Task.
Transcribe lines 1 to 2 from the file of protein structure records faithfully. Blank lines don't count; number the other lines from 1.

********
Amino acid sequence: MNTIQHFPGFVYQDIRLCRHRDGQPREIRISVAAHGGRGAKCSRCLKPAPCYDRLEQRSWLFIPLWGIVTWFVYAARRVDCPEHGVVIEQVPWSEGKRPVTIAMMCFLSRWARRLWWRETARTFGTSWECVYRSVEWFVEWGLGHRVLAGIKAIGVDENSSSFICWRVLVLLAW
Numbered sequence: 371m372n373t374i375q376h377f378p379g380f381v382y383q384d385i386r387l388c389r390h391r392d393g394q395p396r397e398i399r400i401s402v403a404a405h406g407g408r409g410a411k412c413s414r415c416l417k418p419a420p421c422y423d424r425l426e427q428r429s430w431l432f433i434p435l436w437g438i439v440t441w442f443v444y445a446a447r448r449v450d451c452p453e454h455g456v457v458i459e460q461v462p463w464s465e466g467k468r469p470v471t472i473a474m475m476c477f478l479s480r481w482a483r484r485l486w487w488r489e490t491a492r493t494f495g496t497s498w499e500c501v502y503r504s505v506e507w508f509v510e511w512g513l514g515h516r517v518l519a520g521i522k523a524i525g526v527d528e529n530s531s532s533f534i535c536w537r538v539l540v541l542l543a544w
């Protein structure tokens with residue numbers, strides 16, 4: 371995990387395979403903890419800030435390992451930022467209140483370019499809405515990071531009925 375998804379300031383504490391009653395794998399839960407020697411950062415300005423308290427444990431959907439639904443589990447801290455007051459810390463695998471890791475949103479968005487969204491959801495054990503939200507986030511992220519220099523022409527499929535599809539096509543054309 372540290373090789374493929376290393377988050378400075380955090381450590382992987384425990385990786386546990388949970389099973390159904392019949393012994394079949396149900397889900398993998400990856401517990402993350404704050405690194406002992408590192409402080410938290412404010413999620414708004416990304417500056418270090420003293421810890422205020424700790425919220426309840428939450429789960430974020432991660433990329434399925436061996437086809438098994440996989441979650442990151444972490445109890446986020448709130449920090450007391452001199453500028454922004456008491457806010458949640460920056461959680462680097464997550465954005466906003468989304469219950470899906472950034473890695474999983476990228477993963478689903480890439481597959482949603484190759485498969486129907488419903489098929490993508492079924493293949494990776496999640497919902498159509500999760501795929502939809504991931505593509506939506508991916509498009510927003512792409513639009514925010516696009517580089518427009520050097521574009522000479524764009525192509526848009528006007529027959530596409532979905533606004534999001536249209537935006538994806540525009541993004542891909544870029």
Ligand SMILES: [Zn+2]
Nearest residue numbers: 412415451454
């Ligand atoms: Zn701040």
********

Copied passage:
Amino acid sequence: MNTIQHFPGFVYQDIRLCRHRDGQPREIRISVAAHGGRGAKCSRCLKPAPCYDRLEQRSWLFIPLWGIVTWFVYAARRVDCPEHGVVIEQVPWSEGKRPVTIAMMCFLSRWARRLWWRETARTFGTSWECVYRSVEWFVEWGLGHRVLAGIKAIGVDENSSSFICWRVLVLLAW
Numbered sequence: 371m372n373t374i375q376h377f378p379g380f381v382y383q384d385i386r387l388c389r390h391r392d393g394q395p396r397e398i399r400i401s402v403a404a405h406g407g408r409g410a411k412c413s414r415c416l417k418p419a420p421c422y423d424r425l426e427q428r429s430w431l432f433i434p435l436w437g438i439v440t441w442f443v444y445a446a447r448r449v450d451c452p453e454h455g456v457v458i459e460q461v462p463w464s465e466g467k468r469p470v471t472i473a474m475m476c477f478l479s480r481w482a483r484r485l486w487w488r489e490t491a492r493t494f495g496t497s498w499e500c501v502y503r504s505v506e507w508f509v510e511w512g513l514g515h516r517v518l519a520g521i522k523a524i525g526v527d528e529n530s531s532s533f534i535c536w537r538v539l540v541l542l543a544w